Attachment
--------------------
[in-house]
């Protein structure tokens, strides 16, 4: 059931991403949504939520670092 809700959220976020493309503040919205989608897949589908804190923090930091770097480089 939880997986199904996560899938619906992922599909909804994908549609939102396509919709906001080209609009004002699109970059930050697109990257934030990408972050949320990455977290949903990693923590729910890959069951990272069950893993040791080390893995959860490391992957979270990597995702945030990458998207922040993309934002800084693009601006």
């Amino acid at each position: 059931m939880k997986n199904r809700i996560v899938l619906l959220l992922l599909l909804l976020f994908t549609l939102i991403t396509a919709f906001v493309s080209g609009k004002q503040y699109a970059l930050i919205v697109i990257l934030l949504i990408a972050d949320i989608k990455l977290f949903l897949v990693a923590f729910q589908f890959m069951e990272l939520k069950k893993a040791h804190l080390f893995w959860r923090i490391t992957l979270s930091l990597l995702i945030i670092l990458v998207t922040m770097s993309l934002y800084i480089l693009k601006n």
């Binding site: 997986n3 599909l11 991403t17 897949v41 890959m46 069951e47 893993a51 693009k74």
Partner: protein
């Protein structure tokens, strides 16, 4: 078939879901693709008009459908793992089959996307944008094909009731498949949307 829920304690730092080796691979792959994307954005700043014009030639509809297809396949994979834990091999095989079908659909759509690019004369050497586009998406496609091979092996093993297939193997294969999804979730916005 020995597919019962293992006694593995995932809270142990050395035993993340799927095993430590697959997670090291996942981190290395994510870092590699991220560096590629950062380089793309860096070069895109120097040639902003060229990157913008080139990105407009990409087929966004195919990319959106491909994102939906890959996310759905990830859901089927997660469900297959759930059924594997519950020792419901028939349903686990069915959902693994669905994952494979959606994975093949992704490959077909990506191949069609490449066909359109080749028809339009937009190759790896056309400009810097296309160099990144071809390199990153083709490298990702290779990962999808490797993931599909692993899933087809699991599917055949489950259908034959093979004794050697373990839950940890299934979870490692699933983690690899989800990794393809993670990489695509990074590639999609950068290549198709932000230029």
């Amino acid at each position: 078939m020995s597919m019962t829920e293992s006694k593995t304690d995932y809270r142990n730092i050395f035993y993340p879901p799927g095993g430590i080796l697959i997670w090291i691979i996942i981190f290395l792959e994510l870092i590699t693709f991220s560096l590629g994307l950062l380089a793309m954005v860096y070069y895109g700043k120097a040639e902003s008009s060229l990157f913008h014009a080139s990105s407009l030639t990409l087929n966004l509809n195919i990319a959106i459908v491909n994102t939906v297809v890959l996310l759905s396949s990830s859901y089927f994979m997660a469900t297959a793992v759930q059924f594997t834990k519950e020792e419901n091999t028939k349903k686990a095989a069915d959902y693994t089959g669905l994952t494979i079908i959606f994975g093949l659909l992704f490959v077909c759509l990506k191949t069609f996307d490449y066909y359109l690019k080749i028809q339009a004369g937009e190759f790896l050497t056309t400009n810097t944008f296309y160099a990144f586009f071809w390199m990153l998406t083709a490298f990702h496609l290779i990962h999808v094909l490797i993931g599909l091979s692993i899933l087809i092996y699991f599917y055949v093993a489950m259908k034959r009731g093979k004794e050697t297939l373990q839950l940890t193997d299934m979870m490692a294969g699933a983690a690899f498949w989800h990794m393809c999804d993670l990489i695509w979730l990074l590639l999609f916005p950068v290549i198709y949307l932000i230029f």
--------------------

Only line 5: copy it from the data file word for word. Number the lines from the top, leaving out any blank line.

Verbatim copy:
Partner: protein